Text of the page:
Missionary Club Meets
“On Monday evening of this week the Woman’s Missionary Club of the First Congregational Church of this city, met at the home of Mrs. Jennie Turner, 712 East Grove Street. A delicious luncheon was served. The club is working enthusiastically to raise funds to send delegates to the Alabama State Association of the Congregational Church which meets at Talladega College, Talladega, Ala., in March. Mrs. Ruby Washington and Mrs. Alexis Harris were appointed delegates.”
“Among the out-of-town friends attending the funeral of Rev. E.E. Scott here Monday were Mrs. Dillard of Selma; Mr. Farley, Beloit, Ala.; Mr. and Mrs. McCarroll, Shelby, Ala.; Rev. Jones, Cotton Valley Dean O’Brien, Mr. Fletcher of Talladega, Ala. Mrs. Alexis Harris, Detroit, Mich; Mrs. McKinney, Halzelhurst, Miss., and others.”
The first mention of Mrs. Alexis Harris that I noticed was in an account of Rev. E. E. Scott’s funeral. She returned from Detroit for the funeral, which was in 1920. I thought that was serious devotion to her old pastor. I had seen her name mentioned before as one of the founders of the new Congregational Church that was started by the people from Montgomery’s First Congregational Church who migrated to Detroit. I have a copy of this photograph that includes my grandfather, Mershell C. Graham and in front of him, Mrs. Alixe Harris. I wondered who she was and what her life was like. She became my letter “H”.
I began to research her on Ancestry and it wasn’t long before I discovered that she and Rev. E. E. Scott’s wife were sisters. That would account for her traveling from Detroit back to Montgomery for the funeral.
Alixe was born in Yazoo County, Mississippi on March 26, 1878. She was the youngest daughter of Molli Pepper, a cook. Alixe disappears from the record until 1910 when she appears in St. Louis, Missouri as the wife of Edward A. Harris and the mother of two children, Frank and Alixe. Edward was working as a clerk in the Post Office. They had been married in 1905.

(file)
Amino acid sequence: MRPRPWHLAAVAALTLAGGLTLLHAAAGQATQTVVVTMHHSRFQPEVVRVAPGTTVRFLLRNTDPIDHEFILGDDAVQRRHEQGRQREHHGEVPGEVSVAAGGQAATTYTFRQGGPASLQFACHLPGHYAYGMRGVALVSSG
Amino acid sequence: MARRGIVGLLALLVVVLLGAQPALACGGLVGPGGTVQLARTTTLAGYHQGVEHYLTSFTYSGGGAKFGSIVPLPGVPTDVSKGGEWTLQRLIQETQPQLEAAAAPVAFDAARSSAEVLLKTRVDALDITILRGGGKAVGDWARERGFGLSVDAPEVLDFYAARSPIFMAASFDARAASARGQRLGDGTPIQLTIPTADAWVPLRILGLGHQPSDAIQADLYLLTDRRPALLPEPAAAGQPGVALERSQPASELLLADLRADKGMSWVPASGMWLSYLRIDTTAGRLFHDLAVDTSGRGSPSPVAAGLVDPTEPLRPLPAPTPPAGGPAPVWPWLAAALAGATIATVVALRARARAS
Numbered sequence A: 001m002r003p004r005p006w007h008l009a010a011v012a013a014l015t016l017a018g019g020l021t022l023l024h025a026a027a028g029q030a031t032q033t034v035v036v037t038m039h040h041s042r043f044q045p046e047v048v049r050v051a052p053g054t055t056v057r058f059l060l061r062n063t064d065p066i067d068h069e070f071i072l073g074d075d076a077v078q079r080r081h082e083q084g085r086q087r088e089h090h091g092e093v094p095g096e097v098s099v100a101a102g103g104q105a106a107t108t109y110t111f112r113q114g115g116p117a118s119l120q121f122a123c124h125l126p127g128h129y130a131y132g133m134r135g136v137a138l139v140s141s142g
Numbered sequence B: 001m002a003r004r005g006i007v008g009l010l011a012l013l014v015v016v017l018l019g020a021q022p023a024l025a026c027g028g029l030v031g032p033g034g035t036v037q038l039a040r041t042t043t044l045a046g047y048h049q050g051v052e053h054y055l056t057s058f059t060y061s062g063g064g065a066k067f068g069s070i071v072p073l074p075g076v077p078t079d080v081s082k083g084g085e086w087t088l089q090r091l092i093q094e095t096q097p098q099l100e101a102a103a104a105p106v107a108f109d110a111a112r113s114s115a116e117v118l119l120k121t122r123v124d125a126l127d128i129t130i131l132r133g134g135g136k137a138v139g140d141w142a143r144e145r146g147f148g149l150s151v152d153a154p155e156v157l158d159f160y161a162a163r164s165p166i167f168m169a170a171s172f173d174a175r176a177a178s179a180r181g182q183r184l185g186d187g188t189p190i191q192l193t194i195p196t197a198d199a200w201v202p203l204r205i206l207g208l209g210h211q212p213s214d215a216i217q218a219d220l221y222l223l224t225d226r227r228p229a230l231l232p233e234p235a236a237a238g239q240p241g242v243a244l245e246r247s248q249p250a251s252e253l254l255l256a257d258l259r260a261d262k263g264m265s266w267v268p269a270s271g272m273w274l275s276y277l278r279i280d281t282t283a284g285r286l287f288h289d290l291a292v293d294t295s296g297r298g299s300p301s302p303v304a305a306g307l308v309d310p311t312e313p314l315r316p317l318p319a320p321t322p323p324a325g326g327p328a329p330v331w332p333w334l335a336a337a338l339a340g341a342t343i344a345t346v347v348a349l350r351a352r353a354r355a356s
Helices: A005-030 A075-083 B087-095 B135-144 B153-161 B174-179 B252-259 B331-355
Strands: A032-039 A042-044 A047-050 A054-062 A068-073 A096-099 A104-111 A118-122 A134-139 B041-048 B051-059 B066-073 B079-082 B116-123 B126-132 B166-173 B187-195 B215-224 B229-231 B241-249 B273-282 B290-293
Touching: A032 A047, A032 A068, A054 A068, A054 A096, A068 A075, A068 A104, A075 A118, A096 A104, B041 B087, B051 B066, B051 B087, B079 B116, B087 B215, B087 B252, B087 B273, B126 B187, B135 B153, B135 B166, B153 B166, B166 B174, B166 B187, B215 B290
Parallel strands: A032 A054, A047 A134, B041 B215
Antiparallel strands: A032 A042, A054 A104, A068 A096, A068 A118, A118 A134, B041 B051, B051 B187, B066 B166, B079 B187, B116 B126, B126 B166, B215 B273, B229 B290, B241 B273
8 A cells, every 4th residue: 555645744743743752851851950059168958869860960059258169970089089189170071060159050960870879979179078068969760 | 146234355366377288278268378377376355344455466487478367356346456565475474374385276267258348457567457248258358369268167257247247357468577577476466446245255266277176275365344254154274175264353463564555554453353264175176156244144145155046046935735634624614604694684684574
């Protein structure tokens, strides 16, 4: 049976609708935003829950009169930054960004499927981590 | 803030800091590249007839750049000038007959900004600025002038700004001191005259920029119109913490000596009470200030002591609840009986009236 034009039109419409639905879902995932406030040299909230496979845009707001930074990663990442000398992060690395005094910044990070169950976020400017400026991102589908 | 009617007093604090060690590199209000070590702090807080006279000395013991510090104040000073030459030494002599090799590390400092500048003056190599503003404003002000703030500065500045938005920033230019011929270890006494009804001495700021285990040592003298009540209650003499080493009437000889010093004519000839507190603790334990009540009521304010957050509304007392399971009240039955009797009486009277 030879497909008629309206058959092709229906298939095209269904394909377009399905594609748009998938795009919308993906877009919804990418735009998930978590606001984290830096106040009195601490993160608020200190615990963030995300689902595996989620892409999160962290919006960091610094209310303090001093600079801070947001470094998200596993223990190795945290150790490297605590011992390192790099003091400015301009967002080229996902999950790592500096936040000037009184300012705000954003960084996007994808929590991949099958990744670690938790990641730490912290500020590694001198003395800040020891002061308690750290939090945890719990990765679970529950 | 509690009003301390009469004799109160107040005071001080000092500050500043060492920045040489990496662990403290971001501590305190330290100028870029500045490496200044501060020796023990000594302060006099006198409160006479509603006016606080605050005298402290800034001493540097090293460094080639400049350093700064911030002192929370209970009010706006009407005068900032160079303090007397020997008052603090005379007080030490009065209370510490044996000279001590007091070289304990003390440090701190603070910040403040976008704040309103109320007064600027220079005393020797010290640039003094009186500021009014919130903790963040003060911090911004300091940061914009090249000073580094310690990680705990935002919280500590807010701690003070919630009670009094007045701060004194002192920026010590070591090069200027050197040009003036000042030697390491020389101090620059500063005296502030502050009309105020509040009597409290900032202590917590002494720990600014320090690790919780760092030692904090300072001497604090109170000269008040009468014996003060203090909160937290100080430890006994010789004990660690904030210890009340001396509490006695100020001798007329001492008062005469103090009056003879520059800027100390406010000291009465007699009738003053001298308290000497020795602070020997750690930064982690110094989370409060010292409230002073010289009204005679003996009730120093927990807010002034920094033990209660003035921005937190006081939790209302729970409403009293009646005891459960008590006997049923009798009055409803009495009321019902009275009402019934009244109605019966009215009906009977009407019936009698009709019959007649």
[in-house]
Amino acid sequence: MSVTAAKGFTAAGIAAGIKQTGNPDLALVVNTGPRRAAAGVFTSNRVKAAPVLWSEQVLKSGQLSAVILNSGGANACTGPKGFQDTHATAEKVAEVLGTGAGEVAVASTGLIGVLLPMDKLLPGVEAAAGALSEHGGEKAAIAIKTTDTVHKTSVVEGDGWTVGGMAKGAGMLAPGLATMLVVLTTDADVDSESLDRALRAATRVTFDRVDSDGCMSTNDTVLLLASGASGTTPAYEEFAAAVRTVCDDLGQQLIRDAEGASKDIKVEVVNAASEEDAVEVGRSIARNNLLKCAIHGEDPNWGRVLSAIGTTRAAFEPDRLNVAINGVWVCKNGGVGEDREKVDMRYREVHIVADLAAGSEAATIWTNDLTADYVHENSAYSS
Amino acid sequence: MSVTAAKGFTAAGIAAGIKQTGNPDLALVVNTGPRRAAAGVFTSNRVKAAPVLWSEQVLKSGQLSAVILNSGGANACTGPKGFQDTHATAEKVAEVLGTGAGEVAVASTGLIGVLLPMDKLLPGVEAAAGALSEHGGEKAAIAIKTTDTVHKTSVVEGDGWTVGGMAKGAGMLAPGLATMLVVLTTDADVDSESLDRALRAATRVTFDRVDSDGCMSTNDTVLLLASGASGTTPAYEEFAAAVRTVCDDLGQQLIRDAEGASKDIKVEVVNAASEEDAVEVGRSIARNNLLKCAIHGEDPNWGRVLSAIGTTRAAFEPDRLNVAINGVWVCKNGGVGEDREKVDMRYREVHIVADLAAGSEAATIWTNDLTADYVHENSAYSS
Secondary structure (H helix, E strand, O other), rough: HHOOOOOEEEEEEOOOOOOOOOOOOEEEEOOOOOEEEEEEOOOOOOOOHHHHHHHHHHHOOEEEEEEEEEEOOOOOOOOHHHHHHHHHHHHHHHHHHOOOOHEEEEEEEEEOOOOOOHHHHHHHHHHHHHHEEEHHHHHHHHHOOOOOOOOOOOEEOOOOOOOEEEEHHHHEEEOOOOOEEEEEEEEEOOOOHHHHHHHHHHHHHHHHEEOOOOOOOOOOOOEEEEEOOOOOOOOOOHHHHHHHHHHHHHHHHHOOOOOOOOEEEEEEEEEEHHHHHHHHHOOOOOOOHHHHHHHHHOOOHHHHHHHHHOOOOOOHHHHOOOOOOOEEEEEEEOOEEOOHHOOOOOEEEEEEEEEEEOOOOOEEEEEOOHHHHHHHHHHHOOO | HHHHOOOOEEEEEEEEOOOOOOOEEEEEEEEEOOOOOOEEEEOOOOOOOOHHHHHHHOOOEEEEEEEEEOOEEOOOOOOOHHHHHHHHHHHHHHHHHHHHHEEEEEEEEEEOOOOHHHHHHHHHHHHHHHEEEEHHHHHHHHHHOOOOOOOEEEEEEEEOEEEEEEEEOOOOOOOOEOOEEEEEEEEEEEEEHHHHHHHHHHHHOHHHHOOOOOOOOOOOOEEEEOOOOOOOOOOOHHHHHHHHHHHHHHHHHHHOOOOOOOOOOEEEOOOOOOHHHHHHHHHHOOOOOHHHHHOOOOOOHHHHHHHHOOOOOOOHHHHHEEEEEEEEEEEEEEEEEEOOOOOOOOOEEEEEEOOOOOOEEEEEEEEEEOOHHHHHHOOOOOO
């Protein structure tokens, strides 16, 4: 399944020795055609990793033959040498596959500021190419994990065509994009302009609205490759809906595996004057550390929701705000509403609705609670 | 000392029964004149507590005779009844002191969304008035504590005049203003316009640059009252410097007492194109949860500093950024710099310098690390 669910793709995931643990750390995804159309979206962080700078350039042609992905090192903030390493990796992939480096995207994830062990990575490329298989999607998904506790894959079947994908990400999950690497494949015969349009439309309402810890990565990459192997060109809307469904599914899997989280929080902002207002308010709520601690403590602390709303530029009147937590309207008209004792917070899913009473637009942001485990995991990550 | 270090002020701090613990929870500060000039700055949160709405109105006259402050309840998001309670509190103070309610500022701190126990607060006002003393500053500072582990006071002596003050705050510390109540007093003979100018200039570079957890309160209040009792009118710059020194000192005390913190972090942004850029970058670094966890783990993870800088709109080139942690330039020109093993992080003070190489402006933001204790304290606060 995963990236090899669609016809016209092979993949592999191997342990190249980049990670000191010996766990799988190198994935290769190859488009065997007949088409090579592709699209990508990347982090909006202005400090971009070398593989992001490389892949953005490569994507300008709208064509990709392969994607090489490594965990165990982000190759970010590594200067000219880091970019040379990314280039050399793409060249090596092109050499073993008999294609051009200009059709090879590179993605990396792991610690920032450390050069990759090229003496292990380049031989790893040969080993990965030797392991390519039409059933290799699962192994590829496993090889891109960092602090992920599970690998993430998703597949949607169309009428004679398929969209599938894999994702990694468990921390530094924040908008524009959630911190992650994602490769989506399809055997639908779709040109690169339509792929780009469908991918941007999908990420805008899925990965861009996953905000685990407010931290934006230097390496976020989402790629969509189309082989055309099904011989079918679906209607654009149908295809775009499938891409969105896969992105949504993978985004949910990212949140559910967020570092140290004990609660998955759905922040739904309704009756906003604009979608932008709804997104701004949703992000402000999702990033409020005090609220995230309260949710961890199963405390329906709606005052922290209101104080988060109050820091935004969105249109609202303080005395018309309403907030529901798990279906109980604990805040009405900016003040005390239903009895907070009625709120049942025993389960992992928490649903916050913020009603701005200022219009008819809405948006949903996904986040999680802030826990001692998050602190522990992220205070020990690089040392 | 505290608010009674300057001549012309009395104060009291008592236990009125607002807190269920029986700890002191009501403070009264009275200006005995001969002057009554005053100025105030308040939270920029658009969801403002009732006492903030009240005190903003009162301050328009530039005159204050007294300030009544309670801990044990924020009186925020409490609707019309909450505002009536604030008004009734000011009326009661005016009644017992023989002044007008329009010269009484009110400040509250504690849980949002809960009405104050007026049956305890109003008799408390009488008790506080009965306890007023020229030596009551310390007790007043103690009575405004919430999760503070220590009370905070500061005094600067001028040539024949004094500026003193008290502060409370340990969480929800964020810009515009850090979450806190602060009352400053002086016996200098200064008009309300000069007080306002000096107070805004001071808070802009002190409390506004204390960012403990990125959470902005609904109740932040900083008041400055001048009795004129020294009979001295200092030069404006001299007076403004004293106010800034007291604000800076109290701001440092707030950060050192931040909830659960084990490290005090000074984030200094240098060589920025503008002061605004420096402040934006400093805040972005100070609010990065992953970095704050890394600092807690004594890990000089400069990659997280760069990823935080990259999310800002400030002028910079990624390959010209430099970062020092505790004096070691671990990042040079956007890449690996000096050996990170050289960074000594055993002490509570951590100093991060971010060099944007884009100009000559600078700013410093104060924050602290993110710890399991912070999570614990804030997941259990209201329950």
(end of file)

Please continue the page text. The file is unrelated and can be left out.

In 1918 Alixe appears in the article in The Emancipator going to a church association meeting. Plymouth Congregational Church was founded in 1919. Both Alixe and her husband Edward signed the original document of the intention to start a church. My grandfather, Mershell C. Graham also signed the document.
In 1920, Alixe and her family were living in Detroit. Edward managed a restaurant. The two children were teenagers and attended school. Alixe was not working outside of the house. There were four roomers sharing the house. Everybody in the house was literate.
In 1930 Edward was 53, he listed as the head of the house and worked at an auto plant as a laborer. Alixe was 52, a trained nurse and working for a private family. Their son Frank, 24, was married and working as a die maker in an auto plant. His wife was not employed outside of the home. They had an infant son, Frank Jr. Alixe’s daughter, also named Alixe was 23 and a pharmacist in a drug store.
Also in the 1930 census, Rachel Scott, Alixe’s sister and the widow of Rev. Scott of Montgomery, was living in Detroit with her daughter Lily Bel Foster and her daughter’s husband Paul. Three of Rachael Scotts adult children, were living there also.
In 1940 The older Harris’ were living with their daughter and her husband, Bernard O’Dell. Bernard worked as a director of a recreation department, his wife Alixe was still working as a pharmacist in a drug store. Edward, who was now 64 worked as a janitor. Alixe was 62 and working as a nurse in a sanitarium. All the adults had two or more years of college.
Alixe Pepper Harris lived to be over 100 year old. She died in March, 1980.
I found this information on Ancestry.com in Census Records, Directories, Death Records, Military Records and Marriage Records. The news items were found on Newspapers.com.